Railtrack has a new weedkilling train which also can douse fires and melt ice. (May 19th, 1998)
Three one-day strikes called by the RMT rail union on British South West Trains have been called off. (May 19th, 1998)
A price war is set to erupt in Britain. North West Trains will offer a £20 return ticket Manchester - London, undercutting Virgin Rail by as much as £78. This will be the first price war in modern rail history. Other companies are also targetting Virgin. (May 4th, 1998)
Eurostar's passenger revenue jumped 50% on the London - Brussels route in the first quarter of this year, compared with the last three months of 1997. First class travel has been especially strong. The increase followed the opening of the high-speed line between Lille in northern France and Brussels on December 14, which reduced journey times between London and Brussels by 30 minutes to 2hrs40min and enabled a frequency increase to 10 trains a day, from eight. Sagging Eurostar revenues are the main reason for the trouble in finding money to build the London - Chunnel CTRL. (May 4th, 1998)
The British Health and Safety Executive has advised Railtrack that it should ensure that drivers have plenty of warning in order to assure they can stop whenever necessary. This and other recommendations are the result of an inquiry into an accident in Watford South Junction in Hertfordshire on August 8, 1996. One person was killed and 69 people were injured when a train collided with a stationary passenger train. (April 30th, 1998)
Connex Rail may have its franchise extended to 15 years if the company can offer sufficient service improvements, the franchise contract stipulates. Connex now says it will replace of all the 500 slam-door carriages in use on the south-east network with new or refurbished carriages, if the franchise is extended.
Connex also plans to electrify the two remaining sections of non electric track in the south-east between Oxted and Uckfield and Hastings and Ashford to allow it to run fast trains throughout its network. This represents 50 miles of track and would involve £25m of capital investment by Railtrack, which would be paid in higher track access charges. (April 30th, 1998)
More trains should mean higher charges, British Railtrack says. Railtrack resents that 91% of access charges are fixed, meaning the company gains little extra revenue from additional trains run on its network. The griping comes as the goverment does a "Periodic Review" of Railtrack's regulatory framework. The review will take several years, and uncertainty during the Review will raise the cost of capital, Railtrack complains. (April 20th, 1998)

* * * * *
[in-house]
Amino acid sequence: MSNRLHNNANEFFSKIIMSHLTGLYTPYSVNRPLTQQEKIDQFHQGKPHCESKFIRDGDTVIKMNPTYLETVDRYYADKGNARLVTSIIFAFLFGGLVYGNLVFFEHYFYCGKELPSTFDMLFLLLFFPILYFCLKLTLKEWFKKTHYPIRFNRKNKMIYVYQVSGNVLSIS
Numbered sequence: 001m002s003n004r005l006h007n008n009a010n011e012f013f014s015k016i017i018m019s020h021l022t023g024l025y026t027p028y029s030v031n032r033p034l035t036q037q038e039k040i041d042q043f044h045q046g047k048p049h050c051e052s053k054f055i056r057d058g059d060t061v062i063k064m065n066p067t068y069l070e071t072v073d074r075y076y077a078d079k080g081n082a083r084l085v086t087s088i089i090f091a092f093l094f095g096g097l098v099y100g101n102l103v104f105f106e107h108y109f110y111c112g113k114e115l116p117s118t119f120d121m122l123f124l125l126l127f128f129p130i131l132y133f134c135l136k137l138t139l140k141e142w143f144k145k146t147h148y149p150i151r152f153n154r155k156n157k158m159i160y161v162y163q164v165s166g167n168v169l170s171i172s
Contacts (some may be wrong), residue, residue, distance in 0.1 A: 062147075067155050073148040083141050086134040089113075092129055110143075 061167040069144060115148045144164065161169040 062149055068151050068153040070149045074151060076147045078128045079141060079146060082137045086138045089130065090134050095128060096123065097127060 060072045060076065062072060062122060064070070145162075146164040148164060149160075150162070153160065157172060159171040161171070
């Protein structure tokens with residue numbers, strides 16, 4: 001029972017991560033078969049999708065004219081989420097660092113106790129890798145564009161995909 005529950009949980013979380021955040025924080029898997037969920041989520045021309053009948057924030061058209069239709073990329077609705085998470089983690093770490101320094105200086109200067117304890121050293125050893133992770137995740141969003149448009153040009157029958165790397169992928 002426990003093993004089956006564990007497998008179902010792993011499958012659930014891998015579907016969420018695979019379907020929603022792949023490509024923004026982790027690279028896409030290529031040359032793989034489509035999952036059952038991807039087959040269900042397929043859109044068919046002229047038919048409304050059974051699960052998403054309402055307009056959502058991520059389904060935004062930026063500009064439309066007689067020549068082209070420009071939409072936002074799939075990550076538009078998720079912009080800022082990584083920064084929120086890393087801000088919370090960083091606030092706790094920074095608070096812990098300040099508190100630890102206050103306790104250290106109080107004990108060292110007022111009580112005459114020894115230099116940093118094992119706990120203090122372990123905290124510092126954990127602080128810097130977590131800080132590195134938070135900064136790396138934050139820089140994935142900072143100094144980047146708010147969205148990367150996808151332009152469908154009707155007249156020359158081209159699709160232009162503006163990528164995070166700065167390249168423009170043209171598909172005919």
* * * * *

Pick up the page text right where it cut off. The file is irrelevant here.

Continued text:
Operation Scarecrow will deterr trespassing of track in Britain. Trespassing and vadalism increases in Britain in the spring as evenings get longer and brighter. (April 20th, 1998)
On-time performance at Liverpool Street station has improved by a "major blitz by a dedicated team of railway engineers," Railtrack says. (April 20th, 1998)
ScotRail has ordered forty electric Class 334 "Juniper" trains from GEC Alsthom £100 million. The trains will be manufactured at GEC ALSTHOMís Washwood Heath facility in Birmingham. The first train is scheduled for delivery in July 1999 and the full fleet will be operational by March 2000. "Juniper" is GEC Alsthom's modular train which can be configured for different purposes. (April 20th, 1998)
The Heathrow Airport extension of the London Underground is to be financed by the British Airports Authority. The link will be leased to LU for 30 years, which will pay off construction costs from fares. (April 11th, 1998)
Upgrade plans for Britain's West Coast Main Line won't be okayed by the rail regulator until Virgin Trains and Railtrack prove that other train operators will continue to have adequate access to the railway. The upgrade will cut London-Glasgow journey time by 1-1Ĺ hours to four hours and allow road trailers to be carried on piggyback rail wagons. (April 7th, 1998)
National Express has placed orders for 62 new trains worth £148m for its ScotRail and Central Trains franchises in Britain. They are forty electric trains from GEC Alsthom in Birmingham and 22 diesel trains from Adtranz. The electric train order has been financed by Forward Trust Leasing, a subsidiary of HSBC, the international bank. It is the first time Forward has broken into rolling stock market and signals the growing competition for such deals. (April 5th, 1998)
Aslef, the British drivers union, has advised its members to cut train speeds if they think tracks or signalling are in poor condition, and warned that rail services could be seriously disrupted. The move coincided with the announcement by Gavin Strang, the Transport minister, of an immediate review by the Health and Safety Executive of Railtrack's role in setting and enforcing safety standards. And Rail regulator John Swift wants to test whether the £16.5bn 10-year rail investment program unveiled by Railtrack was meeting the needs of the train operating companies. (March 29th, 1998, more here)
Amey wants to run the Tube in London. The facilities management and railway maintenance company, plans to bid for concessions to run and maintain sections of London Underground's track, stations and tunnelling. (March 29th, 1998)
A Strategic Rail Authority is needed to oversee Britain's privatised rail system, an all-party parliamentary committee has decided. The SRA would impose swift penalties for poor performance and prod Railtrack and the three rolling stock leasing companies into higher levels of investment.
Rail safety would be handled by a new body independent of the SRA, which would take over the functions of Railtrack's Safety Standards Directorate. Railtrack also currently runs the snappy-sounding Electrical Engineering & Control Systems Safety Assesment Panel. (March 22nd, 1998, more here)